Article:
Cincinnati CBP Reveals Concealment Methods, Unique Seizures

CINCINNATI—U.S. Customs and Border Protection (CBP) officers and agriculture specialists stationed in Cincinnati routinely encounter unique concealment methods employed by smugglers of all types. From dangerous narcotics, fake IDs, illegal steroids and smuggled cash, to agricultural pests and invasive or endangered species, the officers and specialists have seen it all.

Freddy sits on top of this cable drum which contained more than 1,000
lbs. of marijuana. CBP K9s are another line of defense helping
protect the United States.

Nationwide, CBP agriculture specialists discovered more than 352 pests and 4,638 quarantine materials and CBP officers seized more than 5,863 pounds of narcotics on any given day in fiscal year 2017.

“Our officers are very familiar with the many ways smugglers try to evade inspection,” said Cincinnati Port Director Ron Cloud. “Officers learn to think creatively about where things might be hidden because drugs can be anywhere—inside books, auto parts, spools of ribbon, crepe makers, study binders, food, statues, photo frames—if there is space inside an item it could contain something illegal.”

Marijuana may be in soap bottles, wedged into CD cases, and tucked between folded bedsheets. Calculators and books may hold passports, and magazines might contain thousands of dollars or credit cards destined to fund illicit activity. Sometimes the commodity shipped will be completely legitimate but drugs are injected into the box flaps of the packaging.

Canned goods could contain bottles of what appears to be antibiotics but testing reveals they contain synthetic marijuana. Tortellini packages could hold prohibited lamb meat instead of pasta. Car mirrors and backpacks can be engineered with secret compartments that hold cocaine.

Often, enforcement areas overlap. There could be marijuana or federal noxious weeds in tea cans, and bags of candy could contain marijuana-laced sweets or prohibited pork, all packaged to look like innocuous treats. Sometimes the shipment is prohibited for multiple reasons, such as seeds and cocaine smuggled together in a finished wood product.

“Our agriculture specialists are trained to understand the current agriculture risks and disease status of every country in the world,” said CBP Supervisory Agriculture Specialist Barbara Hassan. “Any plant or animal product might be carrying a disease or a pest that could seriously damage the agriculture industry and our native plants and animals in the United States.”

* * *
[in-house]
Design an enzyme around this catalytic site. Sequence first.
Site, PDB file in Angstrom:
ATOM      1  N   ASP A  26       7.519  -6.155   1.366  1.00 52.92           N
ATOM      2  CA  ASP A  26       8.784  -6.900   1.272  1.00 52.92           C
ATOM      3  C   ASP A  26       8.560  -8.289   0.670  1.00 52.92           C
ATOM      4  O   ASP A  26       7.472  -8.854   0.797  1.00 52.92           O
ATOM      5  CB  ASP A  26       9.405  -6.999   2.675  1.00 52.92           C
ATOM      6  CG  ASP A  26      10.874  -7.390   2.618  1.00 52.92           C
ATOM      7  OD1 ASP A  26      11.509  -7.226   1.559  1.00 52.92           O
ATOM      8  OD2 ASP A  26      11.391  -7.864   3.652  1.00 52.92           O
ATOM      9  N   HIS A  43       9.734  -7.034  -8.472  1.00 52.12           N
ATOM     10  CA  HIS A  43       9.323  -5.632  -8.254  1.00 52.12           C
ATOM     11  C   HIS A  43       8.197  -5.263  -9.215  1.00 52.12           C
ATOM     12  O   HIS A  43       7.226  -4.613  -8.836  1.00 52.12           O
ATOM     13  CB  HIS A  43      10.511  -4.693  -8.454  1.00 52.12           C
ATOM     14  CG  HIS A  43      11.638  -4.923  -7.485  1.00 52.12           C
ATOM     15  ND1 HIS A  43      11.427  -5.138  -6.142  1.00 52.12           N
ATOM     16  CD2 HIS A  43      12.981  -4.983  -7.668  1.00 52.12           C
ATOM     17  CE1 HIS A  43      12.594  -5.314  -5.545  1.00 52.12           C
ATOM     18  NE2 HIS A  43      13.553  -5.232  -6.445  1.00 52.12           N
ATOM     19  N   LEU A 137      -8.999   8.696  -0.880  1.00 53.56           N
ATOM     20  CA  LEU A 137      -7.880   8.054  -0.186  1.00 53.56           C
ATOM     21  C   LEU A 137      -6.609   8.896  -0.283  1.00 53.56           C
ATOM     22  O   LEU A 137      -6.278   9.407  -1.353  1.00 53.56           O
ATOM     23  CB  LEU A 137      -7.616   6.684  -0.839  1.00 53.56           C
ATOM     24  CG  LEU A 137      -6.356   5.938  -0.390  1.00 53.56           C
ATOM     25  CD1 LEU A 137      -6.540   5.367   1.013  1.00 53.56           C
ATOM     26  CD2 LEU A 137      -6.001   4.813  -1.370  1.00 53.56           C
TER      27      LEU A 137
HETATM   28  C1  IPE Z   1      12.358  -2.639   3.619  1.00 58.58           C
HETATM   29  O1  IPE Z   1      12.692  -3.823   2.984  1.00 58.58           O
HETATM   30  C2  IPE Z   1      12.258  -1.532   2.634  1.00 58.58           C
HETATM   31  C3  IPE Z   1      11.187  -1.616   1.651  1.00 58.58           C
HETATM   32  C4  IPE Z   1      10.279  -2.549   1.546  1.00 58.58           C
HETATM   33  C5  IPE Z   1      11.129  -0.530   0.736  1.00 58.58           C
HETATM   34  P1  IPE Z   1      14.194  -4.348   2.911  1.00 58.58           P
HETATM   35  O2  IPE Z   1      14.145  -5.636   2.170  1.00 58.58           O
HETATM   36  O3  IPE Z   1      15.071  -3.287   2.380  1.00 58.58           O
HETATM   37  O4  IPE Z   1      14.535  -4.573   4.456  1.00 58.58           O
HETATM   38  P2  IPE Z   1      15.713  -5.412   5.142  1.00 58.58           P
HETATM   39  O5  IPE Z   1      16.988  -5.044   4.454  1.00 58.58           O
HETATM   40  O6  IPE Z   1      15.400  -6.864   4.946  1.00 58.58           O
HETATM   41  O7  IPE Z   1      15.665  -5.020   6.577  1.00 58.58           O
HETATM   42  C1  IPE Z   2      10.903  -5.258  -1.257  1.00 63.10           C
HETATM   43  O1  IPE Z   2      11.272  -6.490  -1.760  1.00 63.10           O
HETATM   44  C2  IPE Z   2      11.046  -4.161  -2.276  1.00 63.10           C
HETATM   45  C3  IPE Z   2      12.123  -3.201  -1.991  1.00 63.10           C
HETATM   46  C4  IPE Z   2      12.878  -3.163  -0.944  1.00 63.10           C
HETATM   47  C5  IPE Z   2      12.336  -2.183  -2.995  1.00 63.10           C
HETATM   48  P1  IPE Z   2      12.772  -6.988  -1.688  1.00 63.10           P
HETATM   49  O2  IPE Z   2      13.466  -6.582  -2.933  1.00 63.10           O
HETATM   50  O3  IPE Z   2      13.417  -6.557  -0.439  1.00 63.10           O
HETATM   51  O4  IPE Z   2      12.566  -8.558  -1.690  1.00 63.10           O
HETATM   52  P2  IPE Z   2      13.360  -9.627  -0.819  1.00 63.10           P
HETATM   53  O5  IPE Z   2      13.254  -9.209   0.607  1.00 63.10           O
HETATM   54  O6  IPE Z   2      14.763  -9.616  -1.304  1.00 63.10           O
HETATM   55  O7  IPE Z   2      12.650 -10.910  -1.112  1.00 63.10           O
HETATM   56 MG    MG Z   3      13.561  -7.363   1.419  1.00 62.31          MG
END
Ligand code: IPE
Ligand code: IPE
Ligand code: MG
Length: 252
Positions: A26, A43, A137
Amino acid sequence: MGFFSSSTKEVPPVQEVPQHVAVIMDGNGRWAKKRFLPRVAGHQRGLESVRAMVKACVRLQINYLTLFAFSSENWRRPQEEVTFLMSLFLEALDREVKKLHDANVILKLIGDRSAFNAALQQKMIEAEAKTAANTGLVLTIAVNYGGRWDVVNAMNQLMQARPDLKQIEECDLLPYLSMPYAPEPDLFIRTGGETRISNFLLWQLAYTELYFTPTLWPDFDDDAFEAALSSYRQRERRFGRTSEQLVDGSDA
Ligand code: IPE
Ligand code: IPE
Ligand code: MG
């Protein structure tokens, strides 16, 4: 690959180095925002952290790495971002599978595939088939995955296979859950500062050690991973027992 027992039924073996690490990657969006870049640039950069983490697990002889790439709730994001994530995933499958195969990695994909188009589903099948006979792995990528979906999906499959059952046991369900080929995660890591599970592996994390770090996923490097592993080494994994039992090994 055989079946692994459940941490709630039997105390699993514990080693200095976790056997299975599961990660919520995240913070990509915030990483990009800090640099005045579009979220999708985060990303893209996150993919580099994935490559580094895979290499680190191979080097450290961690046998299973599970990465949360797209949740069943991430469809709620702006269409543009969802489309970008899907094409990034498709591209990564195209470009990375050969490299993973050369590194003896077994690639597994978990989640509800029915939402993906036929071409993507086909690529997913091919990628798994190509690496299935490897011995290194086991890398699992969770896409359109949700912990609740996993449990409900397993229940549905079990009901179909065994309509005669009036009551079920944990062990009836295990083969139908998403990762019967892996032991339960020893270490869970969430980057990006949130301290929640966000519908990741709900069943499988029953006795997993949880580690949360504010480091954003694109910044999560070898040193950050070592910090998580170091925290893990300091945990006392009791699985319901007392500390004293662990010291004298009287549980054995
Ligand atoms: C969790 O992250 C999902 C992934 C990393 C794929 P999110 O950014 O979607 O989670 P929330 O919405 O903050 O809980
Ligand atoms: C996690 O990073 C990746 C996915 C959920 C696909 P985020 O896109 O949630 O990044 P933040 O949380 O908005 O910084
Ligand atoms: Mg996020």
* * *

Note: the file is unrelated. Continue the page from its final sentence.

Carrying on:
Since CBP officers and specialists screen all shipments and passengers that enter the U.S., they work closely with other government agencies to ensure the safety of U.S. citizens and wildlife.

Fifty pound boxes labelled as “ceramic tea set,” “grinding wheel disc,” or “clothing,” could contain nothing but bags full of live blood clams. Blood clams are regulated by the U.S. Food and Drug Administration (FDA) because these animals can live in anoxic environments and therefore can pass along diseases such as typhoid and hepatitis to those handling or consuming them.

The U.S. Fish and Wildlife Service (FWS) works with CBP to prevent the introduction of invasive species like live mitten crabs found manifested as “Trousers,” “Shoes,” and “Clothes.” Mitten crabs are considered a global threat and are listed on the Global Species Database’s list of “100 of the World’s Worst Invasive Alien Species” because of their disastrous impact on native habitats.

Animals in the exotic pet trade make up a significant portion of the illegal wildlife trade in the U.S., and Cincinnati officers and specialists have rescued live tortoises, centipedes, and tarantulas. They have also found primate skulls, crocodilian heads, and many smuggled animals, usually reptiles, which did not survive the long trip.

CBP canines play a significant role in foiling smuggling attempts. Narcotics detector dog Freddy has found a multitude of hidden narcotics, such as cocaine inside a steel propeller shaft and more than 1,000 pounds of marijuana packed inside cable drums.

Nuggett, an agriculture detector dog, stays busy sniffing out prohibited plant and animal products. Some of his seizures include a suitcase full of fresh fruit and the remainders of pangolins. Pangolins are scale-covered mammals, some species of which are critically endangered because of the unsustainable and illegal trade in their scales.

“Cincinnati CBP screens incoming passengers and freight from all over the world,” said Port Director Cloud. “Our officers and specialists are highly trained and work around the clock to protect the people, agriculture, and wildlife of the United States.”

CBP conducts operations at ports of entry throughout the United States, and regularly screens arriving international passengers and cargo for narcotics, weapons, and other restricted or prohibited products. CBP strives to serve as the premier law enforcement agency enhancing the Nation’s safety, security, and prosperity through collaboration, innovation, and integration.

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